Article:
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These are all the countries with anti-gay laws that have been kept on from the era of colonial rule by the British.

According to PinkNews, 40 out of 53 commonwealth countries still have laws which discriminate against homosexuals, which were created during British rule.

The penal code is responsible for many anti-gay laws. In some cases, these are not just laws 'accidentally' left on the statute books. In 2013 the Indian government reinstated their anti-gay laws, after it had been repealed.

According to the Kaleidoscope Trust, 40 per cent of the world has anti-gay laws, of those, 54 per cent are commonwealth countries.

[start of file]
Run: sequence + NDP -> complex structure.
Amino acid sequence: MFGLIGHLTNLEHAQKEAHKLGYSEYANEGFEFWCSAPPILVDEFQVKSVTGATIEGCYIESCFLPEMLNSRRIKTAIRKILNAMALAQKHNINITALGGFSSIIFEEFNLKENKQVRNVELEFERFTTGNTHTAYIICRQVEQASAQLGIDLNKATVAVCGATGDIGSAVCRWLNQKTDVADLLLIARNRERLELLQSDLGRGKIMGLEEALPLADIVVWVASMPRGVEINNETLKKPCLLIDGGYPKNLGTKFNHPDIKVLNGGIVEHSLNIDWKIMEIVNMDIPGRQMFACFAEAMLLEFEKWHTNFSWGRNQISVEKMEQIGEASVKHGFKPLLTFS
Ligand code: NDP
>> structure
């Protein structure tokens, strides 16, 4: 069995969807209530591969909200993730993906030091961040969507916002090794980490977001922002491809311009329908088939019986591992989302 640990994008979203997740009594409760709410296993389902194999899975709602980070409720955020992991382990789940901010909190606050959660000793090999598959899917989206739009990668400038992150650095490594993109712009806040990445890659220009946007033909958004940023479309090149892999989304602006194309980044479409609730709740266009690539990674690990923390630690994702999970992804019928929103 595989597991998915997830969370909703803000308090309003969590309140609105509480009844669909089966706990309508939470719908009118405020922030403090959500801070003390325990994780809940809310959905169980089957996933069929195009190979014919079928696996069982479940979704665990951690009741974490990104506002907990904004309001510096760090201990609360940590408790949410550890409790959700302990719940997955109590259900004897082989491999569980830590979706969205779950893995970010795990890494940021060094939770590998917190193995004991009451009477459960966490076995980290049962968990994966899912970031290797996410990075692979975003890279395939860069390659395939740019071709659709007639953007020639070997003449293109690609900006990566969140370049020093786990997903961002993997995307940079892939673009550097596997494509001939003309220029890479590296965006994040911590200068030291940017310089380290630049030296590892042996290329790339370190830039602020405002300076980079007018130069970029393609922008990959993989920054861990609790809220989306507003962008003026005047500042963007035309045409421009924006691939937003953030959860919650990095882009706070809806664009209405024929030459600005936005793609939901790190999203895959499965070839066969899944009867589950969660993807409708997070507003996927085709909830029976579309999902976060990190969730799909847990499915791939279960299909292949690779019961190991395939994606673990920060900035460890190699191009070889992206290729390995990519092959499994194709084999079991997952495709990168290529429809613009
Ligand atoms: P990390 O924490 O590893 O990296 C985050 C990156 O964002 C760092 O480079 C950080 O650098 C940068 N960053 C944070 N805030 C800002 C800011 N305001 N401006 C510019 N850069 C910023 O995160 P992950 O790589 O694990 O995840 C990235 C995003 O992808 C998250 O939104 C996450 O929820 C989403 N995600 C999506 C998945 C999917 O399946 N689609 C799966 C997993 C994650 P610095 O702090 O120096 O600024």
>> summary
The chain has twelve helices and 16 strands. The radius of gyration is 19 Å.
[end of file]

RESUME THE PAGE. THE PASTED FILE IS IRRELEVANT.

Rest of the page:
Of nations outside of the commonwealth, 25.4 per cent are anti-gay.

Gambia, the Maldives, and Zimbabwe have all withdrawn from the Commonwealth but maintain anti-gay laws from British rule.

In Dominica and Malawi the laws exist but they are not enforced.

The form of words used in most penal codes is to refer to an 'unnatural offence', which is defined as: "carnal knowledge against the order of nature".

In many cases due to the arcane nature of the penal code, lesbianism is not even referred to, but in some cases the legislation has been updated to discriminate against lesbian, bisexual, and transgender people.

In some instances since the creation of the Commonwealth, the British have been influential in decriminalisation. For instance, the pledge by the Seychelles to remove its anti-gay legislation in 2015 specfically cited advocacy from British diplomats as a reason for doing so.

HT Pink News

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